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Subglottic ectopic thymus mimicking airway haemangioma
  1. Sevasti Konstantinidou1,
  2. Colin R Butler1,2,
  3. Benjamin Hartley1 and
  4. Claire Frauenfelder1,3
  1. 1Paediatric Otolaryngology, Great Ormond Street Hospital for Children NHS Foundation Trust, London, UK
  2. 2Stem Cell and Regenerative medicine, UCL Great Ormond Street Hospital Institue of Child Health, London, UK
  3. 3Department of Surgery, The University of Adelaide, Adelaide, South Australia, Australia
  1. Correspondence to Dr Claire Frauenfelder; claire.frauenfelder{at}


Subglottic haemangioma presents as progressive obstruction in the neonatal and infantile airway, with a soft lesion seen during endoscopy. Diagnosis is based on macroscopic findings, biopsy is not usually performed and propranolol is first-line treatment. In contrast, ectopic thymus is a rare differential diagnosis for subglottic mass made by histopathological examination after excision or autopsy. In this article, we present a case of an infant with a subglottic lesion with endoscopic features consistent with haemangioma. After initial clinical response to propranolol, the patient represented with progressive stridor no longer responding to therapy. Open excision of the lesion was performed, and histopathology revealed ectopic thymus tissue. In this case, ectopic thymus tissue mimicked the presentation of subglottic haemangioma, and confirmation bias persisted due to an apparent initial clinical response to treatment with propranolol. In cases of subglottic mass refractory to medical treatment, excision of the lesion should be considered.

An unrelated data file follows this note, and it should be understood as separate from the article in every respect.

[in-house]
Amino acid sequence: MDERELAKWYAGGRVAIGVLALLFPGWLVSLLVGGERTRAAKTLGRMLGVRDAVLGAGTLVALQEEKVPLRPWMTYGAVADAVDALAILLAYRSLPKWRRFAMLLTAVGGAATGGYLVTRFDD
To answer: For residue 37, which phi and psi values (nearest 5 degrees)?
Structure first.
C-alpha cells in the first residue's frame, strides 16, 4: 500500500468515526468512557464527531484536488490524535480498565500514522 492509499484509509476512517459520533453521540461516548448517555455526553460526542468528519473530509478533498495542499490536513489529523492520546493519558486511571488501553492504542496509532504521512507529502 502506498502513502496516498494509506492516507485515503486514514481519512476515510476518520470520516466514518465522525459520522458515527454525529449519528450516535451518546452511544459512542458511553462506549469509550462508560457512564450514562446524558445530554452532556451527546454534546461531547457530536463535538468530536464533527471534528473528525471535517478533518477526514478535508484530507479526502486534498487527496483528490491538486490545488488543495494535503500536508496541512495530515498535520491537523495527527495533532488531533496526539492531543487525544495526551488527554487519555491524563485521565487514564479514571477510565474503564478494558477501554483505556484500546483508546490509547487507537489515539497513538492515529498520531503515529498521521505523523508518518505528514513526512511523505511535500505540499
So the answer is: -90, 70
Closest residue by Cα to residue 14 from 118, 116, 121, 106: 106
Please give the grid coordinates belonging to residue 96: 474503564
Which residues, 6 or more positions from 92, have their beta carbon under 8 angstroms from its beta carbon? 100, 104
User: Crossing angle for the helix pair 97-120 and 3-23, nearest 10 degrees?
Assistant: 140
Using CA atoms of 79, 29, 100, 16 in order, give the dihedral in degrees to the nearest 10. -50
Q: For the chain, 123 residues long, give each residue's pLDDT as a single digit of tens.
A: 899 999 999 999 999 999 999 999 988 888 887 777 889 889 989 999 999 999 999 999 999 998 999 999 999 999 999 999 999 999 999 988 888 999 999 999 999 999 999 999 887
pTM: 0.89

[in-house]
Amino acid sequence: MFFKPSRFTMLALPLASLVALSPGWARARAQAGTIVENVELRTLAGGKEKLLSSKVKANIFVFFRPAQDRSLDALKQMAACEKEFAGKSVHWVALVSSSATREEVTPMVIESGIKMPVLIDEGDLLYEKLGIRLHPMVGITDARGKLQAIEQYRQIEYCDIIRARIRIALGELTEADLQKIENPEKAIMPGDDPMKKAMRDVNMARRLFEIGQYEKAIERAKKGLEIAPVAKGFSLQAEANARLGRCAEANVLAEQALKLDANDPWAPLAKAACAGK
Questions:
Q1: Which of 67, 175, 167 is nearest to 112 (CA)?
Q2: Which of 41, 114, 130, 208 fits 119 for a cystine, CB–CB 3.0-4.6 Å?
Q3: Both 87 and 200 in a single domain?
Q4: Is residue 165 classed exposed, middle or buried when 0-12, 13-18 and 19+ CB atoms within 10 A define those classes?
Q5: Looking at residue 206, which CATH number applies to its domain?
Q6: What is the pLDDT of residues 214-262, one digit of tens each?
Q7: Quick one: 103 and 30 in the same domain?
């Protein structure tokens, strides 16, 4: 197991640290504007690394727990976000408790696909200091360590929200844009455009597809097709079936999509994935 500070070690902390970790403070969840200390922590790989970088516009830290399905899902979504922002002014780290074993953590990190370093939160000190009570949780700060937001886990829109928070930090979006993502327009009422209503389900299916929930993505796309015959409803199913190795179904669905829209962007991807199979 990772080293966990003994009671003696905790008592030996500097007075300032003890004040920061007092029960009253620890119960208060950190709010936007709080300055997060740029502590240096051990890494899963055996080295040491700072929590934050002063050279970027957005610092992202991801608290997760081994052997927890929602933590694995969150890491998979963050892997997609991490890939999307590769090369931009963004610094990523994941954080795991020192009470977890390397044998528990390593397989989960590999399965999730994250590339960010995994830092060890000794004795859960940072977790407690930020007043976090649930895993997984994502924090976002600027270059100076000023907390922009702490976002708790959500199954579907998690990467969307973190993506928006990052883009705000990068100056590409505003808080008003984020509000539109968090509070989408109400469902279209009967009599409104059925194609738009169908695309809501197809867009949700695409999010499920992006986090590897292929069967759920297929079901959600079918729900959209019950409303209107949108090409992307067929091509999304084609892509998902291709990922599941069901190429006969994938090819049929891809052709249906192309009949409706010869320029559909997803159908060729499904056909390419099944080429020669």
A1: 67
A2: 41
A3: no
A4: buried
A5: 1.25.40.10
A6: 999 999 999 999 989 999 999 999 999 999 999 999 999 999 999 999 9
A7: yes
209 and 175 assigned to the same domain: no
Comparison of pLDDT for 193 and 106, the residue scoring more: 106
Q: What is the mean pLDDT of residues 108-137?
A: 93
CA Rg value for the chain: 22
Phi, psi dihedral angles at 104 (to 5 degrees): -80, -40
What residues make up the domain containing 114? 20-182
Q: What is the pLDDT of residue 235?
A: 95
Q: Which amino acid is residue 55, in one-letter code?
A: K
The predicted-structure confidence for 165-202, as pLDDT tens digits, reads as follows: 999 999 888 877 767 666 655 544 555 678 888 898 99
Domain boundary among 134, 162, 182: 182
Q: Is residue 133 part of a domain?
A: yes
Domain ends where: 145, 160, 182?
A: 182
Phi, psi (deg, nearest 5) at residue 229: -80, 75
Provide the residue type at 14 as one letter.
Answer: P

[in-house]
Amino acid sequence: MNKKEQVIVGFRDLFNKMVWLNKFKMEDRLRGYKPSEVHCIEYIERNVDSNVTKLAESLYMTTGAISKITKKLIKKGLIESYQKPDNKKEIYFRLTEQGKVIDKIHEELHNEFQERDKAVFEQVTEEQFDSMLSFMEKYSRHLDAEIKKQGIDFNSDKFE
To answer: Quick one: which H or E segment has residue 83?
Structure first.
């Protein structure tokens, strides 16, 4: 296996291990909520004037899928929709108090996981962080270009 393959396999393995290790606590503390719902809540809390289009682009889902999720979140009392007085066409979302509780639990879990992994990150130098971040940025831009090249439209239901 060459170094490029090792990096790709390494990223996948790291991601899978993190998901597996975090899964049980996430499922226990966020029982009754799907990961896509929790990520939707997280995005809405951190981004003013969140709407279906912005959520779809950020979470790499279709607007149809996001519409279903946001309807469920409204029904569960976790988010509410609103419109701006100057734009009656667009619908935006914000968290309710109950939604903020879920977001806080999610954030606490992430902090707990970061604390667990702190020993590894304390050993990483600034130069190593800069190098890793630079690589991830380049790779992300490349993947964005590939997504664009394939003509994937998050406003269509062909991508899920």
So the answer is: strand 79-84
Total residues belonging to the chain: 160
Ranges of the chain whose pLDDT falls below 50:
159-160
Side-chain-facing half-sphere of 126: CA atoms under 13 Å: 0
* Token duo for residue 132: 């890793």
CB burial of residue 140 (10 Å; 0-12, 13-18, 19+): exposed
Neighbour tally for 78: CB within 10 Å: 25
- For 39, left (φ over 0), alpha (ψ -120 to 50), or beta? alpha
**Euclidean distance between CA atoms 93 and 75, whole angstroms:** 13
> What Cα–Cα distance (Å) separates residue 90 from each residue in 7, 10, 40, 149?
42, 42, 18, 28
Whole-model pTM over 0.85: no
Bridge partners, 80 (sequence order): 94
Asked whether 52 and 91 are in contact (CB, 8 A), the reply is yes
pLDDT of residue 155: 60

• ear
  • nose and throat/otolaryngology
  • paediatrics
  • dermatology
  • immunology
  • head and neck surgery

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  • Twitter @colin_r_butler, @ClaireFrau

  • Contributors I can confirm that SK has contributed significantly in this manuscript, by being involved in the patient’s care, collecting data and writing and editing the manuscript. I can confirm that CF, CB and BH have contributed significantly in this manuscript, by being involved in the patient’s care and writing and editing the manuscript. All authors have approved the final edition of the manuscript.

  • Funding The authors have not declared a specific grant for this research from any funding agency in the public, commercial or not-for-profit sectors.

  • Competing interests None declared.

  • Provenance and peer review Not commissioned; externally peer reviewed.

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